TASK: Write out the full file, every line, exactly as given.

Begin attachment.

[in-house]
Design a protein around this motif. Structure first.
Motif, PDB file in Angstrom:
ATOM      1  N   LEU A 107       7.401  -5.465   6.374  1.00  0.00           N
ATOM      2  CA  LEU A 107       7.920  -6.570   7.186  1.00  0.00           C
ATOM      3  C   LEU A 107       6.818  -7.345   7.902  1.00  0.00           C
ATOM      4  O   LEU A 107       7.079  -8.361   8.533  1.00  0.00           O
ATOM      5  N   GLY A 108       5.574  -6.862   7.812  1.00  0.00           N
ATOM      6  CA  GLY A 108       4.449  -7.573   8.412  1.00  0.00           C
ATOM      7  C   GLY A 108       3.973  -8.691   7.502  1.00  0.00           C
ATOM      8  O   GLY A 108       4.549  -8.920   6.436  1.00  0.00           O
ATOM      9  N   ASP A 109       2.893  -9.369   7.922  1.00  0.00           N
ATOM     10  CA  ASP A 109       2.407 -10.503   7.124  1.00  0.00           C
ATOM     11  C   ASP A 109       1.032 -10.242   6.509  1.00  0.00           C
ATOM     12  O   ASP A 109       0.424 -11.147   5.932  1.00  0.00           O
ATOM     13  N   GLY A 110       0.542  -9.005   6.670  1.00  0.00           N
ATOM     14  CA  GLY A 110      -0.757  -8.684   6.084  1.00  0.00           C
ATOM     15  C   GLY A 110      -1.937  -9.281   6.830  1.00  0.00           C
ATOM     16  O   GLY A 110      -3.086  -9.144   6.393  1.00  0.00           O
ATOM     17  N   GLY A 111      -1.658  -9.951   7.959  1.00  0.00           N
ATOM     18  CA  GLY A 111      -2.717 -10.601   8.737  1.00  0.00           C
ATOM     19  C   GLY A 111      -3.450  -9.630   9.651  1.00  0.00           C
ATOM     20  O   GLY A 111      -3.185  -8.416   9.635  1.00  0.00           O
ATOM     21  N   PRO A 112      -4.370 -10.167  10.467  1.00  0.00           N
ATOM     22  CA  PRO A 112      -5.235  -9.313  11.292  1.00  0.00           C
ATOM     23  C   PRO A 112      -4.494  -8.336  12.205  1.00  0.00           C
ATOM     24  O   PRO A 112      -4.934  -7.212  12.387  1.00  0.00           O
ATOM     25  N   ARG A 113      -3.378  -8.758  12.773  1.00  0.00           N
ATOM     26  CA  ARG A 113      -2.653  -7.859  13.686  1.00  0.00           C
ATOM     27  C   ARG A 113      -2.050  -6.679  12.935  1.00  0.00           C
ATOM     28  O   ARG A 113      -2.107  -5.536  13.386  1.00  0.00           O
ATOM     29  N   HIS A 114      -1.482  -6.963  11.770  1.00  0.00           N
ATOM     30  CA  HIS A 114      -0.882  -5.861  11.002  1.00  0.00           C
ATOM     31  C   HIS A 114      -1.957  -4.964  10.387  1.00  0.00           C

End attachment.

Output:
[in-house]
Design a protein around this motif. Structure first.
Motif, PDB file in Angstrom:
ATOM      1  N   LEU A 107       7.401  -5.465   6.374  1.00  0.00           N
ATOM      2  CA  LEU A 107       7.920  -6.570   7.186  1.00  0.00           C
ATOM      3  C   LEU A 107       6.818  -7.345   7.902  1.00  0.00           C
ATOM      4  O   LEU A 107       7.079  -8.361   8.533  1.00  0.00           O
ATOM      5  N   GLY A 108       5.574  -6.862   7.812  1.00  0.00           N
ATOM      6  CA  GLY A 108       4.449  -7.573   8.412  1.00  0.00           C
ATOM      7  C   GLY A 108       3.973  -8.691   7.502  1.00  0.00           C
ATOM      8  O   GLY A 108       4.549  -8.920   6.436  1.00  0.00           O
ATOM      9  N   ASP A 109       2.893  -9.369   7.922  1.00  0.00           N
ATOM     10  CA  ASP A 109       2.407 -10.503   7.124  1.00  0.00           C
ATOM     11  C   ASP A 109       1.032 -10.242   6.509  1.00  0.00           C
ATOM     12  O   ASP A 109       0.424 -11.147   5.932  1.00  0.00           O
ATOM     13  N   GLY A 110       0.542  -9.005   6.670  1.00  0.00           N
ATOM     14  CA  GLY A 110      -0.757  -8.684   6.084  1.00  0.00           C
ATOM     15  C   GLY A 110      -1.937  -9.281   6.830  1.00  0.00           C
ATOM     16  O   GLY A 110      -3.086  -9.144   6.393  1.00  0.00           O
ATOM     17  N   GLY A 111      -1.658  -9.951   7.959  1.00  0.00           N
ATOM     18  CA  GLY A 111      -2.717 -10.601   8.737  1.00  0.00           C
ATOM     19  C   GLY A 111      -3.450  -9.630   9.651  1.00  0.00           C
ATOM     20  O   GLY A 111      -3.185  -8.416   9.635  1.00  0.00           O
ATOM     21  N   PRO A 112      -4.370 -10.167  10.467  1.00  0.00           N
ATOM     22  CA  PRO A 112      -5.235  -9.313  11.292  1.00  0.00           C
ATOM     23  C   PRO A 112      -4.494  -8.336  12.205  1.00  0.00           C
ATOM     24  O   PRO A 112      -4.934  -7.212  12.387  1.00  0.00           O
ATOM     25  N   ARG A 113      -3.378  -8.758  12.773  1.00  0.00           N
ATOM     26  CA  ARG A 113      -2.653  -7.859  13.686  1.00  0.00           C
ATOM     27  C   ARG A 113      -2.050  -6.679  12.935  1.00  0.00           C
ATOM     28  O   ARG A 113      -2.107  -5.536  13.386  1.00  0.00           O
ATOM     29  N   HIS A 114      -1.482  -6.963  11.770  1.00  0.00           N
ATOM     30  CA  HIS A 114      -0.882  -5.861  11.002  1.00  0.00           C
ATOM     31  C   HIS A 114      -1.957  -4.964  10.387  1.00  0.00           C